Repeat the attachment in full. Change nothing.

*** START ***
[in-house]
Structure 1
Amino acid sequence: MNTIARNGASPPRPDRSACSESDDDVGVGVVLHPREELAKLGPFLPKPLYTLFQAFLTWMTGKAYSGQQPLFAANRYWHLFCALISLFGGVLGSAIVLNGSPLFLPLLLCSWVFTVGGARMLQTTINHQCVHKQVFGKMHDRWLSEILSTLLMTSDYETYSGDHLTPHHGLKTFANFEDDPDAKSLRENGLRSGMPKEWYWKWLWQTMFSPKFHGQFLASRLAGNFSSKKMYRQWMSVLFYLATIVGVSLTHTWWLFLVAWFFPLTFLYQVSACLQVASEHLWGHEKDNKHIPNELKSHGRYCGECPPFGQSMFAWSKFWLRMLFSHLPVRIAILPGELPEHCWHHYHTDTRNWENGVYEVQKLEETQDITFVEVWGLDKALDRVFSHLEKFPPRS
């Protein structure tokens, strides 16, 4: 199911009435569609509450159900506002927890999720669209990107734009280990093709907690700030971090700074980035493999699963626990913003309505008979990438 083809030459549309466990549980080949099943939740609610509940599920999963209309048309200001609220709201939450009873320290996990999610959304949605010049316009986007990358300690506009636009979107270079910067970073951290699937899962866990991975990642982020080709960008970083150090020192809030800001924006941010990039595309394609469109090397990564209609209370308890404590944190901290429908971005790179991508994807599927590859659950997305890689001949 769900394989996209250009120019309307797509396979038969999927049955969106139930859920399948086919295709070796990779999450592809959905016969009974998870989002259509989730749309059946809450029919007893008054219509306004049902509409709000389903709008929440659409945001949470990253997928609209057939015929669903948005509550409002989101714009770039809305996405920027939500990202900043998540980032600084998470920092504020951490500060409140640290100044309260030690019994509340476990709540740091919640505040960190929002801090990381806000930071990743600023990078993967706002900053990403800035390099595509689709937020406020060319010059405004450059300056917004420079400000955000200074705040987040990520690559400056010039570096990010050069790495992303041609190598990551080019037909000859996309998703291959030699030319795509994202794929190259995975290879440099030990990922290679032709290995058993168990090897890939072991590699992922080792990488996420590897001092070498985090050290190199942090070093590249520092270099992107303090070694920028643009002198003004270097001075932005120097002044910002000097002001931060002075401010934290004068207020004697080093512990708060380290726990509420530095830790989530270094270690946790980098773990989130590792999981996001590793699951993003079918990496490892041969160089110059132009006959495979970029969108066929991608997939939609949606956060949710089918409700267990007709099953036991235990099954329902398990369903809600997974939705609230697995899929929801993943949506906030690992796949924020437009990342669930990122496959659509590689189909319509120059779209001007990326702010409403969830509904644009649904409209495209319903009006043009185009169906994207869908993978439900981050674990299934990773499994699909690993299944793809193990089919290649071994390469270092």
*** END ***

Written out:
[in-house]
Structure 1
Amino acid sequence: MNTIARNGASPPRPDRSACSESDDDVGVGVVLHPREELAKLGPFLPKPLYTLFQAFLTWMTGKAYSGQQPLFAANRYWHLFCALISLFGGVLGSAIVLNGSPLFLPLLLCSWVFTVGGARMLQTTINHQCVHKQVFGKMHDRWLSEILSTLLMTSDYETYSGDHLTPHHGLKTFANFEDDPDAKSLRENGLRSGMPKEWYWKWLWQTMFSPKFHGQFLASRLAGNFSSKKMYRQWMSVLFYLATIVGVSLTHTWWLFLVAWFFPLTFLYQVSACLQVASEHLWGHEKDNKHIPNELKSHGRYCGECPPFGQSMFAWSKFWLRMLFSHLPVRIAILPGELPEHCWHHYHTDTRNWENGVYEVQKLEETQDITFVEVWGLDKALDRVFSHLEKFPPRS
């Protein structure tokens, strides 16, 4: 199911009435569609509450159900506002927890999720669209990107734009280990093709907690700030971090700074980035493999699963626990913003309505008979990438 083809030459549309466990549980080949099943939740609610509940599920999963209309048309200001609220709201939450009873320290996990999610959304949605010049316009986007990358300690506009636009979107270079910067970073951290699937899962866990991975990642982020080709960008970083150090020192809030800001924006941010990039595309394609469109090397990564209609209370308890404590944190901290429908971005790179991508994807599927590859659950997305890689001949 769900394989996209250009120019309307797509396979038969999927049955969106139930859920399948086919295709070796990779999450592809959905016969009974998870989002259509989730749309059946809450029919007893008054219509306004049902509409709000389903709008929440659409945001949470990253997928609209057939015929669903948005509550409002989101714009770039809305996405920027939500990202900043998540980032600084998470920092504020951490500060409140640290100044309260030690019994509340476990709540740091919640505040960190929002801090990381806000930071990743600023990078993967706002900053990403800035390099595509689709937020406020060319010059405004450059300056917004420079400000955000200074705040987040990520690559400056010039570096990010050069790495992303041609190598990551080019037909000859996309998703291959030699030319795509994202794929190259995975290879440099030990990922290679032709290995058993168990090897890939072991590699992922080792990488996420590897001092070498985090050290190199942090070093590249520092270099992107303090070694920028643009002198003004270097001075932005120097002044910002000097002001931060002075401010934290004068207020004697080093512990708060380290726990509420530095830790989530270094270690946790980098773990989130590792999981996001590793699951993003079918990496490892041969160089110059132009006959495979970029969108066929991608997939939609949606956060949710089918409700267990007709099953036991235990099954329902398990369903809600997974939705609230697995899929929801993943949506906030690992796949924020437009990342669930990122496959659509590689189909319509120059779209001007990326702010409403969830509904644009649904409209495209319903009006043009185009169906994207869908993978439900981050674990299934990773499994699909690993299944793809193990089919290649071994390469270092």